Safeguarding: Church must place disabled persons at center, experts say

June 24, 2024 at 9:00 a.m.
Jesuit Father Hans Zollner, president of the Pontifical Gregorian University's Institute of Anthropology: Interdisciplinary Studies on Human Dignity and Care, speaks during a safeguarding conference hosted at the university in Rome June 18, 2024. (CNS photo/Courtesy Pontifical Gregorian University)
Jesuit Father Hans Zollner, president of the Pontifical Gregorian University's Institute of Anthropology: Interdisciplinary Studies on Human Dignity and Care, speaks during a safeguarding conference hosted at the university in Rome June 18, 2024. (CNS photo/Courtesy Pontifical Gregorian University) (Pontifical Gregorian University)

By JUSTIN MCLELLAN
Osv News

ROME -- To prevent abuse across the board, the Catholic Church must place disabled persons at the center of its safeguarding efforts and ministry, speakers said at an international safeguarding conference in Rome.

Hosted by the Pontifical Gregorian University's Institute of Anthropology: Interdisciplinary Studies on Human Dignity and Care, the June 18-21 conference brought global experts to Rome to discuss the relationship between safeguarding and disability.

During the conference, Jesuit Father Hans Zollner, president of the institute, told Catholic News Service that the theme for this year's edition of the conference was selected to bridge the gap that exists between safeguarding -- referring to practices meant to address and prevent emotional, physical and sexual abuse -- and caring for people with disabilities.

"The framework is there but very often it is not really linked to the real needs of the people on the ground, of those who have been abused, and so we are here to learn from those with disabilities what their particular needs are and what the Church can do as one of the key players in the health system worldwide in the implementation and inculturation of these different models that we have," he told CNS June 18.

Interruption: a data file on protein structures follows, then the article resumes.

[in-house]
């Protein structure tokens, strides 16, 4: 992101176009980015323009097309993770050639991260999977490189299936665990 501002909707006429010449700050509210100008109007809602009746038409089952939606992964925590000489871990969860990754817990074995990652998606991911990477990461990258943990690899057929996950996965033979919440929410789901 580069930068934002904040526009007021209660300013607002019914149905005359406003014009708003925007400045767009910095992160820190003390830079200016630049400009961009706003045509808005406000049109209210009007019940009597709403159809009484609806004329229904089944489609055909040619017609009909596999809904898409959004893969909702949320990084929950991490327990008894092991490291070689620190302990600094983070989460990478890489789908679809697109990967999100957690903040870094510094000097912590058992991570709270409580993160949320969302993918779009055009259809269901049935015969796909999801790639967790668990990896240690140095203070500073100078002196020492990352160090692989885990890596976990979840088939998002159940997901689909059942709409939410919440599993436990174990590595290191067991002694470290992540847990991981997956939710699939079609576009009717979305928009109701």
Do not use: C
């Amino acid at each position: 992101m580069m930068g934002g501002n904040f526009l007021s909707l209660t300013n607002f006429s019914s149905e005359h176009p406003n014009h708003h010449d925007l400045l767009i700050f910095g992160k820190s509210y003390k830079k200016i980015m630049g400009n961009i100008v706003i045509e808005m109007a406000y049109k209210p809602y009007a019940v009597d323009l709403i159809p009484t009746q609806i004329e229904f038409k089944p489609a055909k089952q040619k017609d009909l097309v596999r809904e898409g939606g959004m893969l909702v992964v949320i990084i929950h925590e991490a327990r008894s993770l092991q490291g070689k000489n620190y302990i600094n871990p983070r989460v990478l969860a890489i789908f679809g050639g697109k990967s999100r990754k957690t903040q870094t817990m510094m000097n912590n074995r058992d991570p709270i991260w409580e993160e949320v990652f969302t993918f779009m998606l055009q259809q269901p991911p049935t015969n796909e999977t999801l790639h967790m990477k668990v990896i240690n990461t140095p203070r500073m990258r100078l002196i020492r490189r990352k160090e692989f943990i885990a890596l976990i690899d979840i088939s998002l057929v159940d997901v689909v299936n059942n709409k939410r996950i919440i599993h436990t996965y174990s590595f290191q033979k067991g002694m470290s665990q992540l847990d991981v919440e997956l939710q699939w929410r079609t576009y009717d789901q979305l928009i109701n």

After the conference was opened by Cardinal Pietro Parolin, Vatican secretary of state, Sheila Hollins, delivered the opening keynote address. Hollins was a founding member of the Pontifical Commission for the Protection of Minors and founded Books Beyond Words -- a non-profit that produces word-free books for people with disabilities that engage with topics from relationships to surviving abuse.

She said "although disabled people might be a minority demographically, they're at considerably greater risk (of abuse), and if disclosure was easier for them they may actually constitute a majority of abused people."

She told CNS that many "unconscious biases" put disabled persons at risk of abuse, such as the perception that nobody would abuse a disabled person because of their impairment. Disabled people also face additional barriers "to being heard, to being able to explain, to being able to understand" their abuse, she said.

Hollins, a Catholic and parent of five disabled adult children, said those biases and barriers can arise within the Church by considering disabled people as "other" than non-disabled Church-goers. As a result, the Church can perpetuate structural exclusion of disabled people, such as by not creating space for wheelchair users in the congregation or holding separate Masses for neurally divergent people.

Hollins suggested that a way to root sensitivity to the experience of disability in the Church could be to have every seminarian "get to know a disabled person and their family, their lives, and continue knowing them, because they've become part of their circle."

"I think that we could actually change things quite substantially by getting priests to get to know disabled people," she said.

Laureen Lynch-Ryan, coordinator of deaf ministry in the Archdiocese of Washington who presented her talk at the conference in American Sign Language, told CNS through a sign-language interpreter that while there has been a lot of research about the disability community and abuse, "specifically within the deaf community there is very little research regarding abuse and the Church."

Additionally, she stressed that direct input from disabled and deaf people must be involved in the development of safeguarding policies. Safeguarding training, Lynch-Ryan said, "goes through hearing systems" and is developed by "people that don't have experience working with deaf people or even people with disabilities."